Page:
Calderdale is lucky enough to have a brilliant new website which brings together information on all the support services that exist to support mental and emotional well-being of young people in the area. The website is full of information for young people, parents, and professionals so whatever you need it can certainly help point you in the right direction so it's worth checking out. click here or on the image to see what's on offer.
Our friendly and welcoming team are here to make your visit to our service as easy and comfortable as possible, but before you come along you might have some questions which can be answered in the menu below. Sometimes one of the barriers to attending a service is not knowing what to expect when you arrive or what a sexual health clinic even looks like so you can take a virtual tour of our clinic by clicking the picture of our reception!
Usually we operate a mix of Queue and wait clinics, where you simply turn up and you will be placed in a queue and seen as soon as possible, and appointment times.
If it is your first visit we will need to register you on our clinic system so it helps if you know your address, postcode, and the name of your GP practice.
You will be welcomed by one of our reception team who will take your name (please tell us what you wish us to call you) and any other necessary details. You will be asked to take a seat and wait for your name to be called.
If you feel uncomfortable at any time, please let the receptionist know and we will find somewhere more private to talk.
If you are under 18 you will be asked some questions which appear quite personal, including a sexual history. This is only ever done to make sure you are safe and are getting the right care and support that you need. If for example you've ever felt uncomfortable and pressured into doing something you weren't ready for then it provides an opportunity to tell us so we can get you help.
All our staff want to make your visit to the service friendly and as comfortable as possible so if you have any concerns about why particular questions are being asked, or you don't understand why something is important then let the nurse or doctor know and they will be happy to explain to you what's happening and why.
This is difficult to predict, as this depends on how many people decide to drop-in on any particular day. Sometimes the Young Person’s Clinic can get very busy.
All the information in your notes on the computer and the discussions you have with us are strictly confidential, and any treatment we provide to you follows something called Gillick competence. To find out more about this check out this handy guide by clicking here: Gillick Competence
It can sometimes be useful to share your records with your GP but we will not do this without your express permission to do so. We will ask you whether you are happy for us to send correspondence to your home address or your GP. If you would prefer us not to do this and we need to contact you for any reason, then a doctor or nurse will discuss alternative ways of getting in touch.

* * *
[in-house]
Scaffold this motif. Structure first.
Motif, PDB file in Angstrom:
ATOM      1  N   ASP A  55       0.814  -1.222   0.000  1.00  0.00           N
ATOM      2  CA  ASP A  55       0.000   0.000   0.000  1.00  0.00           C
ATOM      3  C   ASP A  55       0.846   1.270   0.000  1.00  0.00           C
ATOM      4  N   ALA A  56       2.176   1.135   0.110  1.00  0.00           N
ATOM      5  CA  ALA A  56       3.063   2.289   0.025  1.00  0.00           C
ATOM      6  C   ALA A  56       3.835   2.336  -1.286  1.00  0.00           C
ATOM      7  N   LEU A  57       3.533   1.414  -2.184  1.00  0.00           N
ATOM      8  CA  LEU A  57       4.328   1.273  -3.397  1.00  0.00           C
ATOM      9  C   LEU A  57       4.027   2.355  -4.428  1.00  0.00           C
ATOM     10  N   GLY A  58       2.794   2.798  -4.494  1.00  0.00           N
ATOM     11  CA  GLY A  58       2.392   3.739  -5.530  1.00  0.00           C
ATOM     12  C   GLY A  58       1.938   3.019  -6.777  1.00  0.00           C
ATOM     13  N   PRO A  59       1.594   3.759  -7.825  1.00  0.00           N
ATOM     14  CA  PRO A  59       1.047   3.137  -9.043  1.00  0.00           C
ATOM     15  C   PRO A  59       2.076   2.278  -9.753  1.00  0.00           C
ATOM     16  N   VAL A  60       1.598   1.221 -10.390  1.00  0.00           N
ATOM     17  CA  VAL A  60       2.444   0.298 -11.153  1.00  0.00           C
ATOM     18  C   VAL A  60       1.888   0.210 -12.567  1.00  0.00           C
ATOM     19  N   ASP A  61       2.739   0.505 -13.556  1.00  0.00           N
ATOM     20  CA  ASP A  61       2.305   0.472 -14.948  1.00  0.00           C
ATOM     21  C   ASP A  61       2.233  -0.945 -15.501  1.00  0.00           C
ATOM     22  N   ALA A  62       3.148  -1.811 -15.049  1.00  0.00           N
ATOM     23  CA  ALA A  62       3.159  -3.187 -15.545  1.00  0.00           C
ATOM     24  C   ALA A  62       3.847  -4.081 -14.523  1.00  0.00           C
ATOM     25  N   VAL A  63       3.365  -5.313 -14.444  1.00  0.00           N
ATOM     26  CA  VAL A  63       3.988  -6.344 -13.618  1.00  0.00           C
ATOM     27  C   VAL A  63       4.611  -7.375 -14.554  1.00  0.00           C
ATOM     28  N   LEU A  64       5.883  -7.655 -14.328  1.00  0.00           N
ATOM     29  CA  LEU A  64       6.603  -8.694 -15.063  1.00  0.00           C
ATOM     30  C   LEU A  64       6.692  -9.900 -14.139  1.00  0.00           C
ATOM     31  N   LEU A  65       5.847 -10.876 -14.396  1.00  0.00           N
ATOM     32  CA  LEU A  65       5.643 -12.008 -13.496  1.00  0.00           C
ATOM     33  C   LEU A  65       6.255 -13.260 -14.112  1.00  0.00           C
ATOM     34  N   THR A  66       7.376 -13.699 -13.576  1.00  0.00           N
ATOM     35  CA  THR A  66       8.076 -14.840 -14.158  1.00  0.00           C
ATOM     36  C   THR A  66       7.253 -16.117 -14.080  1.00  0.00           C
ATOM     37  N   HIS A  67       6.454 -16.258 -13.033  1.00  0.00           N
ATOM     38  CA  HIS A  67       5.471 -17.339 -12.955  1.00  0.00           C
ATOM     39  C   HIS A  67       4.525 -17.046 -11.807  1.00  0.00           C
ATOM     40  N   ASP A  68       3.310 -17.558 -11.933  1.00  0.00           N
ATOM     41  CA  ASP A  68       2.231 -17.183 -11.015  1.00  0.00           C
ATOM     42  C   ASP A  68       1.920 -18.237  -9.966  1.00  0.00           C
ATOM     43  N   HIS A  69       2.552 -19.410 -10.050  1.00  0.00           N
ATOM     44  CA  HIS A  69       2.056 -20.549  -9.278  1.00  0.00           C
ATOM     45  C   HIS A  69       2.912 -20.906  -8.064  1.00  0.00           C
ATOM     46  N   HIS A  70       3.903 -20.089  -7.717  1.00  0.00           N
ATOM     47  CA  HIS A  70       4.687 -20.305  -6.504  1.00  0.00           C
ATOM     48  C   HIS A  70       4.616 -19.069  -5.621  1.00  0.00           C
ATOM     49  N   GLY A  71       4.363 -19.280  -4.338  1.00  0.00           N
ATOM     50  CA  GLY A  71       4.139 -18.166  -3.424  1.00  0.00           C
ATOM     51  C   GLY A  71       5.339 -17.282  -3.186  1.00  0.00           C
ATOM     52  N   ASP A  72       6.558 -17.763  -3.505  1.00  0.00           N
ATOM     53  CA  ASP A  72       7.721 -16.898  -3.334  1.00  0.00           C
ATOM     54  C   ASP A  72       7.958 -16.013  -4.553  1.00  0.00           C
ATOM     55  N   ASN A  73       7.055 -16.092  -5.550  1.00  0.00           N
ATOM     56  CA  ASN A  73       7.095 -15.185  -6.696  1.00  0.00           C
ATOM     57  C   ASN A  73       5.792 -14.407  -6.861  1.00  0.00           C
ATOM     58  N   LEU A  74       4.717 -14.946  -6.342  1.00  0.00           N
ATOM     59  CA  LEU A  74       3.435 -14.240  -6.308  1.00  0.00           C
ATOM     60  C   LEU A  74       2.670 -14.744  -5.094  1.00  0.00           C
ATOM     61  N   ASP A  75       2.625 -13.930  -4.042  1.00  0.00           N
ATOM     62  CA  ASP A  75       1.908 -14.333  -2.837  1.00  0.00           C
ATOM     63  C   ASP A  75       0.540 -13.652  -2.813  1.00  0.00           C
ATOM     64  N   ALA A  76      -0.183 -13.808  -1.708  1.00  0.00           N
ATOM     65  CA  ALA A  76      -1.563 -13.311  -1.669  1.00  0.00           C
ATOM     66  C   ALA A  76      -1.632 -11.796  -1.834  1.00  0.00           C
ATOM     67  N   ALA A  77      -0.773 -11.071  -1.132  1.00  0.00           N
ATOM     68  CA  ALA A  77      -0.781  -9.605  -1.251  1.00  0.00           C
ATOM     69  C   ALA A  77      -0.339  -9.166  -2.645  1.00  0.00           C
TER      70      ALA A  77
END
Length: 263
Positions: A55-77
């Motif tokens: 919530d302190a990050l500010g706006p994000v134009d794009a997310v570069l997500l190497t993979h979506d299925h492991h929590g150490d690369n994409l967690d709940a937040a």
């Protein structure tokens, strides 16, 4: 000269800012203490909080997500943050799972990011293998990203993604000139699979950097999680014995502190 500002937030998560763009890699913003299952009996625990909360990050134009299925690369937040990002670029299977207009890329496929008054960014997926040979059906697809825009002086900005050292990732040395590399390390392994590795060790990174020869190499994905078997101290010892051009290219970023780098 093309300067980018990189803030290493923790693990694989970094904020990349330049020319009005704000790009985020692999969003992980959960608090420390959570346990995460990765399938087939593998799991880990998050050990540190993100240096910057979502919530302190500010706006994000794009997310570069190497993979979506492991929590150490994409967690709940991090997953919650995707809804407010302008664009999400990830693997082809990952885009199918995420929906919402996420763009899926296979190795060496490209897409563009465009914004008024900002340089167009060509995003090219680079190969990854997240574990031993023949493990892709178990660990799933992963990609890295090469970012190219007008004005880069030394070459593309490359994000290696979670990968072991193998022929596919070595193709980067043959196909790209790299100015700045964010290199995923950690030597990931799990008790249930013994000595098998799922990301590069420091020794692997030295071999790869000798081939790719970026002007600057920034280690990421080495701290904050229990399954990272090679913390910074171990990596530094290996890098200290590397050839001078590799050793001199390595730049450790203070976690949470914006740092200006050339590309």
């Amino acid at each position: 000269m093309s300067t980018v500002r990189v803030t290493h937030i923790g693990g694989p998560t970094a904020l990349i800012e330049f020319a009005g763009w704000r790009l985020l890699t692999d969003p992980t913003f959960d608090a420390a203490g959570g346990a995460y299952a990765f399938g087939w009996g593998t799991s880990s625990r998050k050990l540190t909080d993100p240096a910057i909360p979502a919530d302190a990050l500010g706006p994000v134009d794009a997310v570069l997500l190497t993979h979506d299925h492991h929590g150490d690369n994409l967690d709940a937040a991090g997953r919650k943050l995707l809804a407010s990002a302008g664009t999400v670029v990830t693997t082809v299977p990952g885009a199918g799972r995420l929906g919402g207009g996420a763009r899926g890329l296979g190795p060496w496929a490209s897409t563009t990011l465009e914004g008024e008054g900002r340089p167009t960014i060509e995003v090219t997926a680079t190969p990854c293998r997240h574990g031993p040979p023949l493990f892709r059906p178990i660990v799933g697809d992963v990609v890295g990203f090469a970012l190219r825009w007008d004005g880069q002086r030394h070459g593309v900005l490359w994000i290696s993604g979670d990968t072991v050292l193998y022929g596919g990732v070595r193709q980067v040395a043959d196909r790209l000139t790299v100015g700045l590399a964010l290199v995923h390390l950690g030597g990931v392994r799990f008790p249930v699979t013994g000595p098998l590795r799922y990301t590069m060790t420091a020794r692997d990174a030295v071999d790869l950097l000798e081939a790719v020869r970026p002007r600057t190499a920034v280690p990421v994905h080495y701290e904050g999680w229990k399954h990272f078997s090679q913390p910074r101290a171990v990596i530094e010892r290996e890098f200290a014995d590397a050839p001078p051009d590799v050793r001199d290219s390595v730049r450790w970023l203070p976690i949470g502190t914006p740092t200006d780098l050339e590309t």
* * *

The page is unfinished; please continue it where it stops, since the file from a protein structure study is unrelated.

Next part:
The only other time we would tell anyone else about your visit would be if:
- are under 18 and tell us about someone who has abused you sexually, physically or emotionally
- You are 12 or under and tell us that someone has had sex with you
- Your life is at serious risk
- You tell us about someone under 18 who is being abused
- Another person’s life is at risk
But we would discuss this with you first and support you through this.
You can bring anyone you trust to be with you in the reception area and even to accompany you when you go into the room to see the doctor or nurse. However, if you choose to have another person in the room with you, we cannot guarantee that they will not share the information you give to us with another person.
A nurse or doctor will show you into a private room to discuss why you have visited the clinic. They will also ask you questions about your medical history, and may take your blood pressure and weigh you.
If you need condoms or other contraception, e.g. pills, then you will be taught how to use them and be given a supply before you leave. If you want a longer lasting and reliable method like an implant or an injection, we will explain how it works and when this can be done. Sometimes we can do this straight away. It may be necessary to make a further appointment for you.
You will only need to be examined if you have symptoms of an infection that need to be checked out. If swabs need to be taken (e.g. to check for an infection) then you may be given the option of taking these yourself.
This depends on why you are visiting us. If you are attending for a sexual health screen (e.g. a chlamydia test) then we will ask for a urine sample (boys), a vaginal swab (girls), a blood sample and maybe, oral and/ or anal swab depending on the type of sex you have. But you do have a choice as to what tests are taken.
No, they are taken using a cotton bud and while this might be a bit uncomfortable, they are not painful.
If you are aged 15 to 24 you can have a test without having to see a nurse or doctor. Just ask at reception. If you are aged 25 or over we prefer to offer a full range of STI test including chlamydia, gonorrhoea, syphilis and HIV – for these you will need to see a nurse or doctor.
If you need an interpreter this will be provided free of charge. We use a telephone interpreting service.
Yes and that includes any treatment that you may need.